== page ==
VESF - The Virgo-EGO Scientific Forum


Astro-GR@Rome workshop (14-18 July 2014)

will be run jointly with the Virgo EGO Science Forum (VESF) in order to provide also young scientists and student from the VESF community with an opportunity to listen to the presentation and participate in the discussion.

The proposed workshop will bring together experts in stellar dynamics, astrometry, radio, optical and X-ray observations, numerical modeling of dense stellar systems and gravitational wave science in order to promote collaborations between these groups. We believe that by fostering the communication between these relatively different communities, we will be prepared to optimize and take maximum advantage of the coming observations in the next years.

The meeting is co-sponsored by the Virgo EGO Science Forum (VESF), the Italian National Institute of Astrophysics (INAF) and the Albert Einstein Institute (AEI).


This workshop will bring together experts from the astrophysical community (in particular scientists working in the field of multiwavelength observations, evolution and dynamics of stellar systems and astrometry) and experts in gravitational wave (GW) research (both from the experiments and theory).

The goal is to stimulate the interest and foster the collaboration across the GW and astrophysical communities in one of the most challenging and exciting scientific enterprises of the 2010's. Outstanding scientific issues will be be outlighted which can only be addressed through the collaboration of these communities. The program that we are presently finalizing comprises reviews by a number of leading experts.


Monday: Introduction and Stellar-mass binaries and Advanced LIGO/VIRGO

09:00 Registration (payment of fee, badges etc)
09:30 Introduction: "How does this work?" Amaro-Seoane, Schneider, Stella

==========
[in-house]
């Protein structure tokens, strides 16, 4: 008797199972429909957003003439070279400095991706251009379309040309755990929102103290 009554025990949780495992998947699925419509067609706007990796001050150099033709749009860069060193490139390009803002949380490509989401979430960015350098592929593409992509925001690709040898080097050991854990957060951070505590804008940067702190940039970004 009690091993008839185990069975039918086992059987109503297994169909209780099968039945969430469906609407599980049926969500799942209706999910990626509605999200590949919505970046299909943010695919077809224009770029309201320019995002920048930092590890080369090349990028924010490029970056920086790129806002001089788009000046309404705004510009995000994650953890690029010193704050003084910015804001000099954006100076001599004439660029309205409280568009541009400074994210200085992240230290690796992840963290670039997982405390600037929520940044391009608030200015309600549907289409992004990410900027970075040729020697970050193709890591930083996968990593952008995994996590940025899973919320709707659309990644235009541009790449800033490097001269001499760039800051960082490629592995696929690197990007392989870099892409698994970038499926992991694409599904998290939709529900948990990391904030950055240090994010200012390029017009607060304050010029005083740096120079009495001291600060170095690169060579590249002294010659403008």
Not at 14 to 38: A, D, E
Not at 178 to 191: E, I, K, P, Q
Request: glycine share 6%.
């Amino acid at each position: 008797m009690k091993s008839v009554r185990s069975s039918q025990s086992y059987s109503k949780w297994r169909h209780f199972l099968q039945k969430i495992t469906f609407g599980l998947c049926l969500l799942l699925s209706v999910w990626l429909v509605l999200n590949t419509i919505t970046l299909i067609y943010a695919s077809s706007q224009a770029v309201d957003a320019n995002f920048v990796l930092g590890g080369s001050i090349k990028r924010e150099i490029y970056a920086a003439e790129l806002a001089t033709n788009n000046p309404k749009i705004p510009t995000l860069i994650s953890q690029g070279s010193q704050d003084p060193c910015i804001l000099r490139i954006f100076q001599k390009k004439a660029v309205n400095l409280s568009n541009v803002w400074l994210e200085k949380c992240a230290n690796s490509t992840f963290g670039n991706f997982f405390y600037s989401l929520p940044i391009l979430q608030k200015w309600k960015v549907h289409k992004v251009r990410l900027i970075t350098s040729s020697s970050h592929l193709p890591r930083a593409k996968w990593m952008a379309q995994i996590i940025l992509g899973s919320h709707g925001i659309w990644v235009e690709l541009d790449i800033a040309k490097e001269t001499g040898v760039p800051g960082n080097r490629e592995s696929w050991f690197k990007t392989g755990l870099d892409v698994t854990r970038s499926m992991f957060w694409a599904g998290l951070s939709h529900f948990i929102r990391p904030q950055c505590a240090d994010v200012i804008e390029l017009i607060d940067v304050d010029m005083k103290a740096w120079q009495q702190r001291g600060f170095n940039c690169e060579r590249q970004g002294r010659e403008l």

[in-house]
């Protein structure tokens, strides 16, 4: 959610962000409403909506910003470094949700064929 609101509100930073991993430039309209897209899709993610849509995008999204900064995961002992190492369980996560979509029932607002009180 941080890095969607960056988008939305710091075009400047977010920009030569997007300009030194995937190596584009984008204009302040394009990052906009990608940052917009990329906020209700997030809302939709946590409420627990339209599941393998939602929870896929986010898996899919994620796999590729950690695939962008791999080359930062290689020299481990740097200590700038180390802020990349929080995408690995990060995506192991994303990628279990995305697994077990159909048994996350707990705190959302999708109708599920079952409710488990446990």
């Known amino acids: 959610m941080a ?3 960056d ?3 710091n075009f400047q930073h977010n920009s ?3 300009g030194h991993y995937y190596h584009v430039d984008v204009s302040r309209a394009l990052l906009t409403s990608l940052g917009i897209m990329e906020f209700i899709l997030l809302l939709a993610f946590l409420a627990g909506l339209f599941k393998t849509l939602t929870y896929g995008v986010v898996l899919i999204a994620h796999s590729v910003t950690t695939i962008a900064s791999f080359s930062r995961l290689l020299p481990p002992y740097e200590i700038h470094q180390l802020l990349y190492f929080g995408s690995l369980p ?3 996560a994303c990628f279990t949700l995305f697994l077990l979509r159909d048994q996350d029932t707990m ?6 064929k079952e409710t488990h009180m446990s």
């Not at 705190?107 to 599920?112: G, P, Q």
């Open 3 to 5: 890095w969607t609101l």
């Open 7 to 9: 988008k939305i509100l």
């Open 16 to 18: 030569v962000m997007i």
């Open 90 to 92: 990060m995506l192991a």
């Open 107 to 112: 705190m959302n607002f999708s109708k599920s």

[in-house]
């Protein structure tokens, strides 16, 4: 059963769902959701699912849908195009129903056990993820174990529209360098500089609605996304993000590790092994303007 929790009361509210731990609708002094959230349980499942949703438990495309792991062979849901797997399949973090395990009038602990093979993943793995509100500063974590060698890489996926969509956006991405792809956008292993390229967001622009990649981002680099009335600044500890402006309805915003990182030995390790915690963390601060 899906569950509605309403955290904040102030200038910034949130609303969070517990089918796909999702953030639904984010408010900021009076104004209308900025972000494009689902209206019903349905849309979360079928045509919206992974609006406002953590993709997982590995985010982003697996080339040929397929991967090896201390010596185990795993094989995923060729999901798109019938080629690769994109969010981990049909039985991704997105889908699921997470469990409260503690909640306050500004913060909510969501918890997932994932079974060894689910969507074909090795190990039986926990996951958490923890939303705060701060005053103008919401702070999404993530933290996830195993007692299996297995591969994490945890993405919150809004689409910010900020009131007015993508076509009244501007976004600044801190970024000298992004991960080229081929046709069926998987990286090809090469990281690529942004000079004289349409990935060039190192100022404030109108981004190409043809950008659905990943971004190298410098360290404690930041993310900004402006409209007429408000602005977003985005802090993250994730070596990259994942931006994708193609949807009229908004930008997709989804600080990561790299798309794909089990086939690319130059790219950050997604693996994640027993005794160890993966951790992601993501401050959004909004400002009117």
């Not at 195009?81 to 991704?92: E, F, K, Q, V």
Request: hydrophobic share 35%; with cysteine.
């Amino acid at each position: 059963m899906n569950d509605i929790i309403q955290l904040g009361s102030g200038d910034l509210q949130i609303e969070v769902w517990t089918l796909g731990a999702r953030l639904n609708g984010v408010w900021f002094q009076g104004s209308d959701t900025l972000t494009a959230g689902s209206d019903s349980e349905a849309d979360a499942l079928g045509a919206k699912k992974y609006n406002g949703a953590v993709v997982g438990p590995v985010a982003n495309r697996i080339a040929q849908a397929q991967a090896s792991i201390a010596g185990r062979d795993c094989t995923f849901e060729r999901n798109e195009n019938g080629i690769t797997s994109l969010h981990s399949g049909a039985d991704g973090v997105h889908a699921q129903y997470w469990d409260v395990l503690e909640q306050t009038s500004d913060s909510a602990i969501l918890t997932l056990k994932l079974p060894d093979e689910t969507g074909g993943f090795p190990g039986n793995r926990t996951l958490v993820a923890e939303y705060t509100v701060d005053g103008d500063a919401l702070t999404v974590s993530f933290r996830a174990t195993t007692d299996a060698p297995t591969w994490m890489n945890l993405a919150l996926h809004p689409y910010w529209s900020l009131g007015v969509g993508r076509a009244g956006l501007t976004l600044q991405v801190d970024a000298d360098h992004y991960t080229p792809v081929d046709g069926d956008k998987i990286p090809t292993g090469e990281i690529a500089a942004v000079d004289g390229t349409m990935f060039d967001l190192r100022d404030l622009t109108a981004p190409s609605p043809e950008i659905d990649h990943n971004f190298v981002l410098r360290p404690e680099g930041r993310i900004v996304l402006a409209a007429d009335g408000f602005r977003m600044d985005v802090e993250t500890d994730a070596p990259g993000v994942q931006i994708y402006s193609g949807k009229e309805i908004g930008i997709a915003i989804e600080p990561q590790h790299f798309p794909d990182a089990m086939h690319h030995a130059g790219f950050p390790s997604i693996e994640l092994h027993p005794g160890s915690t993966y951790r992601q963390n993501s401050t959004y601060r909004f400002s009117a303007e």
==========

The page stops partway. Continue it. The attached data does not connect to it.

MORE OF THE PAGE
10:00 Andrea Vicere "Towards the era of advanced GW detectors"
10:45 Coffee break
11:15 Adamantios Stavridis "General introduction to GWs"
Questions to the talks

13:00 Lunch

14:00 Andrea Possenti "Relativistic binary pulsars and coalescing binaries"
14:45 Bruno Giacomazzo "General Relativistic Simulations of Neutron Star Binaries"
15:30 Coffee break
16:00 Blackboard discussion, including a short (20') presentation - Luigi Stella (BB) and Cristiano Palomba (short) "Continuous gravitational waves: sources and detection challenges"

People split in four groups, A, B, C and D, randomly.

Each group picks up a person who will be in charge of preparing a talk on the fly for Friday, summarising the most important conclusions from the talks and the blackboard presentations.

You belong to group A if your name is between numbers 1 and 12; to B if you are betewen 13 and 25; to C if between 26 and 38 and to D if between 39 and the last one.

Tuesday: Dynamics of supermassive black holes, EMRIs and eLISA

10:00 Bernard Schutz: "An introduction to the eLISA mission"
10:45 Coffee break
11:15 Andres Escala "Gas-induced MBH mergers"
Questions to the talks

13:00 Lunch

14:00 Tal Alexander: "What is the Schwarzschild Barrier?"
14:45 Pau Amaro Seoane: "Stellar dynamics and EMRIs: What matters?"
15:30 Coffee break
16:00 Blackboard discussion - Adamantios Stavridis

Wednesday: GWs in the advanced detector era - GAIA and Multi-messenger astronomy

10:00 Matthias Steinmetz "Dissecting the Milky Way with RAVE and Gaia"
10:45 Coffee break
11:15 Simone Dall'Osso "Magnetars: probes of neutrons star physics with electromagnetic and gravitational wave signals"
Questions to the talks

13:00 Lunch

14:00 Marica Branchesi "Multi-messenger gravitational wave and electromagnetic astronomy: prospects and challenges"
14:45 Günter Sigl "Possible Multi-messenger Sources of gravitational waves and particle radiation"
15:30 Coffee break
16:00 Blackboard discussion, including a short presentation (20') - Brocato and Branchesi (BB), Silvia Piranomonte (short), Andrea Passamonti (short) "Instabilities in neutron stars and gravitational waves"

Evening: social dinner